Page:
To make matters worse, password oversight burdens IT administrators with endless help desk user requests for resets, the retrieval of forgotten passwords, etc. Through behavioral biometrics, password “pain”—in terms of both the inherent vulnerabilities and drain on help desk resources—is dramatically reduced. What’s more, behavioral biometrics requires no additional user training, hardware or action required from IT, eliminating such expenses for enterprises.
A successful transformation. Seven of 10 organizations either have a digital transformation strategy in place, or are pursuing one, according to a survey from Tech Pro Research. Yet, how can a business call itself “transformational” when it still asks staffers to memorize a dozen passwords and/or carry several tokens around with them? Today’s professionals are inclined to seek a frictionless cyber environment, one in which security-related barriers to role-based tasks do not exist. From their perspective, even a single minute devoted to some authentication procedure amounts to “downtime.” Behavioral biometrics brings the immediate freedom of use they’re looking for. Ultimately, an organization’s ability to recruit and retain talent is at stake here, as 62% of employees say that a company’s reputation as a digital leader “greatly” influences their decision to work there.
A trustworthy customer experience. Retailers, banks, restaurants and practically every other consumer-facing business—not to mention mobile app-driven companies such as Uber and SeatGeek—are increasingly leveraging the cloud and mobility to create favorable customer experiences. In the cashless, virtual universe, customers significantly value an organization’s ability to protect their personal information, such as credit card accounts, phone numbers and home addresses. Again, behavioral biometrics fosters frictionless yet highly secure patterns of engagement here. If combined with traditional authentication methods, companies may find that customers will view this as an added layer of defense, thus enhancing the trust factor.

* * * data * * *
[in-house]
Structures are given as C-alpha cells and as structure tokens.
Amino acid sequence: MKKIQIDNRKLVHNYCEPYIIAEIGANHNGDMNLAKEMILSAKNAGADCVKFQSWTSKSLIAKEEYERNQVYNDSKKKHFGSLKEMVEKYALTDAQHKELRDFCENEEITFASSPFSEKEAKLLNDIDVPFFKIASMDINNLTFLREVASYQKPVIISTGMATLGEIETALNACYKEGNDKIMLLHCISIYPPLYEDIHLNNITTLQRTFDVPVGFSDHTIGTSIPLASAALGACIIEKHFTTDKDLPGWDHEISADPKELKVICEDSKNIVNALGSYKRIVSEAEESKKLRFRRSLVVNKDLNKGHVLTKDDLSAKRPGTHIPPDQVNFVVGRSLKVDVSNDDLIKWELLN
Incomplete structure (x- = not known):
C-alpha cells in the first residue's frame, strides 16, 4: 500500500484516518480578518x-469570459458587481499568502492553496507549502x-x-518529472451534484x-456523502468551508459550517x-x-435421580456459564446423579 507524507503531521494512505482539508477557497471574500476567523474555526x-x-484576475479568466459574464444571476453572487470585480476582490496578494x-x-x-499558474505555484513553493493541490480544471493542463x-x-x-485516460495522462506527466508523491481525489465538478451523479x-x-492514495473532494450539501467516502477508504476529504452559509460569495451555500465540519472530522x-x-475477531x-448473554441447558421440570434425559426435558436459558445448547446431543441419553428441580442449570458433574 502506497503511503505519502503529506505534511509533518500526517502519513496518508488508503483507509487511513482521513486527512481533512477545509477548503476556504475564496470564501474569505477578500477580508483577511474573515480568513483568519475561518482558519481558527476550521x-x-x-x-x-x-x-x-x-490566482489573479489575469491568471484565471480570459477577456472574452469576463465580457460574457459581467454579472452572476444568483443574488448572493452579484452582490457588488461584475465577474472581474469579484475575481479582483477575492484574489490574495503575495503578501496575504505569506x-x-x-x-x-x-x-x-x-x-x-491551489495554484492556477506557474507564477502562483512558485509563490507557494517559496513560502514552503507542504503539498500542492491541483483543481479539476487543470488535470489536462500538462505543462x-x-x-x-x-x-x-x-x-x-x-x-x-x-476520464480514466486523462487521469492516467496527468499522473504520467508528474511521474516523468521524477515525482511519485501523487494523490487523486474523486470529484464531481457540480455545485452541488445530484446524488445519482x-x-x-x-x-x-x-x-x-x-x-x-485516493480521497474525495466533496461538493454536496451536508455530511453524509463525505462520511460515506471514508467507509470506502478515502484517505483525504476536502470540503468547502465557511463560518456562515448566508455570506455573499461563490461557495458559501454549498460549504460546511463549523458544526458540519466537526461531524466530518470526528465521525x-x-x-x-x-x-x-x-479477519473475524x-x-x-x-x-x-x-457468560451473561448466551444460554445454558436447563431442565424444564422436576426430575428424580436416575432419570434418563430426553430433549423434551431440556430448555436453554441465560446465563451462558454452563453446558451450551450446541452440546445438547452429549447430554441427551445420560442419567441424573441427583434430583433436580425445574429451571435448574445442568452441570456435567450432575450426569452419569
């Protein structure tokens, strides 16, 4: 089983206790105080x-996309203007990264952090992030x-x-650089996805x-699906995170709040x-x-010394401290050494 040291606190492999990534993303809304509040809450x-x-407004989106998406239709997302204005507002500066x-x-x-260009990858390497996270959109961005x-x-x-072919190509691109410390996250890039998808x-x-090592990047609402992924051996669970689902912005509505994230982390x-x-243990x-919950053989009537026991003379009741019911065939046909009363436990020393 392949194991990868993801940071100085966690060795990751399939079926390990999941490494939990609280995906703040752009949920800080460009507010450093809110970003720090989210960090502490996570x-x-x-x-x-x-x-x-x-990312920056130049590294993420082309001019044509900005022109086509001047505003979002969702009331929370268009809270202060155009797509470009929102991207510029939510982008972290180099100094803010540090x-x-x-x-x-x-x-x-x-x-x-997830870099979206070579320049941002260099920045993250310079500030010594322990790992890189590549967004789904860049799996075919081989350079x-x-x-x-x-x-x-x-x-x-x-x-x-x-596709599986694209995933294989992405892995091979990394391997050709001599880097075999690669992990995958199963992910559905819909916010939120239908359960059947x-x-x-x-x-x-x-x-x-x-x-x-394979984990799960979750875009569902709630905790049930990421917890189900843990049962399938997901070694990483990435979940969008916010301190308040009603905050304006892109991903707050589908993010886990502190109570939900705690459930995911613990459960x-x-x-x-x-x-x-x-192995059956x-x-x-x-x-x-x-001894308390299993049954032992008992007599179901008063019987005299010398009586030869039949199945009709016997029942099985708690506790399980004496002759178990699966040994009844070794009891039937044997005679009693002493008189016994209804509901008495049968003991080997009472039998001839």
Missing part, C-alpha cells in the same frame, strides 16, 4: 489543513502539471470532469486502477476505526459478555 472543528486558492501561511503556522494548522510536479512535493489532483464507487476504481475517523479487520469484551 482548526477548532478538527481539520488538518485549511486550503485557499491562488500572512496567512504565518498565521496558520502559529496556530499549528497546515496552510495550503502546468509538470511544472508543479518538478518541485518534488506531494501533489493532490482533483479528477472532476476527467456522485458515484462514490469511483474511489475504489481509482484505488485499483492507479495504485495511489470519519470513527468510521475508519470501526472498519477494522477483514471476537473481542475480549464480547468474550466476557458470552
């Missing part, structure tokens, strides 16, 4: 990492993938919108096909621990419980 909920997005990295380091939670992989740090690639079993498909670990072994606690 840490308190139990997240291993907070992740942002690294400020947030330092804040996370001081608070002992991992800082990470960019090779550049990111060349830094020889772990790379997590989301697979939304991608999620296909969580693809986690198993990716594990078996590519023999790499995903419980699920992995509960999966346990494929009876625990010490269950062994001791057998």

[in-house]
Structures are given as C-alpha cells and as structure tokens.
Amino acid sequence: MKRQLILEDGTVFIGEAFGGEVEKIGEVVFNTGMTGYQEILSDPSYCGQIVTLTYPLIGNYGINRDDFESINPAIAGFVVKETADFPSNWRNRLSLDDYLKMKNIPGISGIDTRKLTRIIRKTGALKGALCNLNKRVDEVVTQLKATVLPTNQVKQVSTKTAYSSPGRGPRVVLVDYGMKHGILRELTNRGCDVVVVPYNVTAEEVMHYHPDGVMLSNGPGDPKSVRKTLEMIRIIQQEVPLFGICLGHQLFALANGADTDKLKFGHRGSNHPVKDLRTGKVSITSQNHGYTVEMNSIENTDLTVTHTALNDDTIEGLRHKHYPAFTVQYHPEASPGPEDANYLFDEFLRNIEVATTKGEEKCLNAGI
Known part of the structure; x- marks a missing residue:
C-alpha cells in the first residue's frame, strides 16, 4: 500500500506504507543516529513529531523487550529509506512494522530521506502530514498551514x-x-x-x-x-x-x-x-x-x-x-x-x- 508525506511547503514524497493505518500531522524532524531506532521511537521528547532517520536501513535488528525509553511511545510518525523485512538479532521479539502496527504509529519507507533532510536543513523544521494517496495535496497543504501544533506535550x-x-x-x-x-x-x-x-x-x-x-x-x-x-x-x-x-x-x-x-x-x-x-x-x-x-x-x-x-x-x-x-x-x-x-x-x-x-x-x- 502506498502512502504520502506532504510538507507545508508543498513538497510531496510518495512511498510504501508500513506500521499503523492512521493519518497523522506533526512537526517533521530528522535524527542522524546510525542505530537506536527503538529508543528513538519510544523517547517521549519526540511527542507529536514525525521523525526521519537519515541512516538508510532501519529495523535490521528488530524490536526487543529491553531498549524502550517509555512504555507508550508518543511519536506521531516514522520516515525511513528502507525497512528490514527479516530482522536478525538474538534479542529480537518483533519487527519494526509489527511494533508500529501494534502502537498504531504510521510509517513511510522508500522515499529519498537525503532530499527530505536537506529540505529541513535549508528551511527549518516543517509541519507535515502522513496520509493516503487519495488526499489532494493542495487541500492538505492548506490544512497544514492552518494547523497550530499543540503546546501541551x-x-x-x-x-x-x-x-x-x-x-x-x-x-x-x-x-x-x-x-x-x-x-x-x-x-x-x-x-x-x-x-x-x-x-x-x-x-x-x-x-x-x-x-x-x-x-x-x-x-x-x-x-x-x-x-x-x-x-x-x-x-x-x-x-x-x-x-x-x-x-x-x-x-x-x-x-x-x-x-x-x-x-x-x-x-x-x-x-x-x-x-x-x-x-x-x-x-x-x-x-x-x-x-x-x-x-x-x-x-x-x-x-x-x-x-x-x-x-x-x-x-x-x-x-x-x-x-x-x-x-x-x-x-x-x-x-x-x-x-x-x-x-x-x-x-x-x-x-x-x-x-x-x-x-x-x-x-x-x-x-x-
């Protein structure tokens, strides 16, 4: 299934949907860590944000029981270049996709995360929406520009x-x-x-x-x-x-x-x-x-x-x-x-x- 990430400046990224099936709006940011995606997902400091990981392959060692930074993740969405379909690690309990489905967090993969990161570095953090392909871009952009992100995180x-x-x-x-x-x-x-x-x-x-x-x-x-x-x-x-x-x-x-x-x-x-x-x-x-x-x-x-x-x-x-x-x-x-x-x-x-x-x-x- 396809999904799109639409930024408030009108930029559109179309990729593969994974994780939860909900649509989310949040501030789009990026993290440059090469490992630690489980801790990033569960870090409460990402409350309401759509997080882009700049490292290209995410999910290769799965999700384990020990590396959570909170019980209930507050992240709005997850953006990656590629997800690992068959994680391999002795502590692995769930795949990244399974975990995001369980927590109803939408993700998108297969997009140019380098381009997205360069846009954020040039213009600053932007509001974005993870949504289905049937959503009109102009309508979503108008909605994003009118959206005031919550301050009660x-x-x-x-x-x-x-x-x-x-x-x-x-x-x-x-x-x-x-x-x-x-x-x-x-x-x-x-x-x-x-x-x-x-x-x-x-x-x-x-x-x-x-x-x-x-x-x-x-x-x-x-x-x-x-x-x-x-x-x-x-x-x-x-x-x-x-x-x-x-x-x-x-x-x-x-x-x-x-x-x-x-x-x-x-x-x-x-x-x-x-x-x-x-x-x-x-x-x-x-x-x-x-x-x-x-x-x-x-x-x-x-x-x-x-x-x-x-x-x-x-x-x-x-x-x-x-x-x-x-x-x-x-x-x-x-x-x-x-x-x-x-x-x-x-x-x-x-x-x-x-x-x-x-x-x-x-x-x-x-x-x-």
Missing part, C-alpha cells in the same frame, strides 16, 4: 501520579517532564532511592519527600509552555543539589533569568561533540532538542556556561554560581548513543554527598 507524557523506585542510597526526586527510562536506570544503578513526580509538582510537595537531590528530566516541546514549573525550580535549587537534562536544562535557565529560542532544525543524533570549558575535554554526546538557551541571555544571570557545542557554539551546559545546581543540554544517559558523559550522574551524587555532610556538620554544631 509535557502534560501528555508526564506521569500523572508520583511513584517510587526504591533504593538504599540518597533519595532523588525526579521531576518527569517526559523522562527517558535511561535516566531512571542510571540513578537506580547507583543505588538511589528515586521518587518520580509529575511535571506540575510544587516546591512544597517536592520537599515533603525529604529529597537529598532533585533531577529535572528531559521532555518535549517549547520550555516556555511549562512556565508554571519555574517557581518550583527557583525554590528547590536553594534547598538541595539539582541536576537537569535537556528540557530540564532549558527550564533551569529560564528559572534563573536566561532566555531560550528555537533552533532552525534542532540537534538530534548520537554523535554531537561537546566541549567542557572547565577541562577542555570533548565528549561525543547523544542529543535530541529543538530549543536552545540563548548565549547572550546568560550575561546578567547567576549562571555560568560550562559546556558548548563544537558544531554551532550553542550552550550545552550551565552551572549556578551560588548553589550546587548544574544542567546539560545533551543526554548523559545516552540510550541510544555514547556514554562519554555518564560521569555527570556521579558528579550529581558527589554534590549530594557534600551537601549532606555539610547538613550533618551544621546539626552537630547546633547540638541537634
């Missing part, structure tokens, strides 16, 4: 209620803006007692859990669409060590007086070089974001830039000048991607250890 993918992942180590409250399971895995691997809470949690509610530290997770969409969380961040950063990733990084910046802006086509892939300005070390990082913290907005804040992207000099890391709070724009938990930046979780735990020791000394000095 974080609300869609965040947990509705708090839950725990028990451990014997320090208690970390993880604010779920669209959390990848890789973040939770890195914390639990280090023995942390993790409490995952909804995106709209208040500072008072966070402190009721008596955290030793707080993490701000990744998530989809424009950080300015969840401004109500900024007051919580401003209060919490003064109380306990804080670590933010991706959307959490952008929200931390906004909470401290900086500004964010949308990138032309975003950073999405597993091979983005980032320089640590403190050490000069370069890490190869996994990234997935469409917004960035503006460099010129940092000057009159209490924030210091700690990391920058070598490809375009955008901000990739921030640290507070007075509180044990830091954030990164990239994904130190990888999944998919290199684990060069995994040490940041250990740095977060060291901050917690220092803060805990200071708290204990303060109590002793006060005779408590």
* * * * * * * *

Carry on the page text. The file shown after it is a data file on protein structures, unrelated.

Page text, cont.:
Regulatory relief. Compliance mandates are focusing on privacy more than ever. Enacted in the European Union earlier this year, for example, Payment Services Directive 2 (PSD2) requires payment service providers to ensure strong customer authentication with two factors from two different categories, with one of those categories being “inherence,” or the unique attributes of an individual. According to the European Banking Authority (EBA), behavioral biometrics meets key PSD2 requirements. This validation will likely influence further payment industry standards.
As indicated, the vast majority of organizations are committing to digital transformations. Typically, these initiatives are rooted in “What if?” aspirations which emerge as realities. In the case of behavioral biometrics, “what if?” discussions take on a more profound, human-framed nature— the very “instrument” to authenticate the users happens to be the users themselves. In an era when hackers have proven themselves as the most cunning of adversaries, they may find that this is one “signature” they can’t outfox—and that’s a transforming thought, indeed.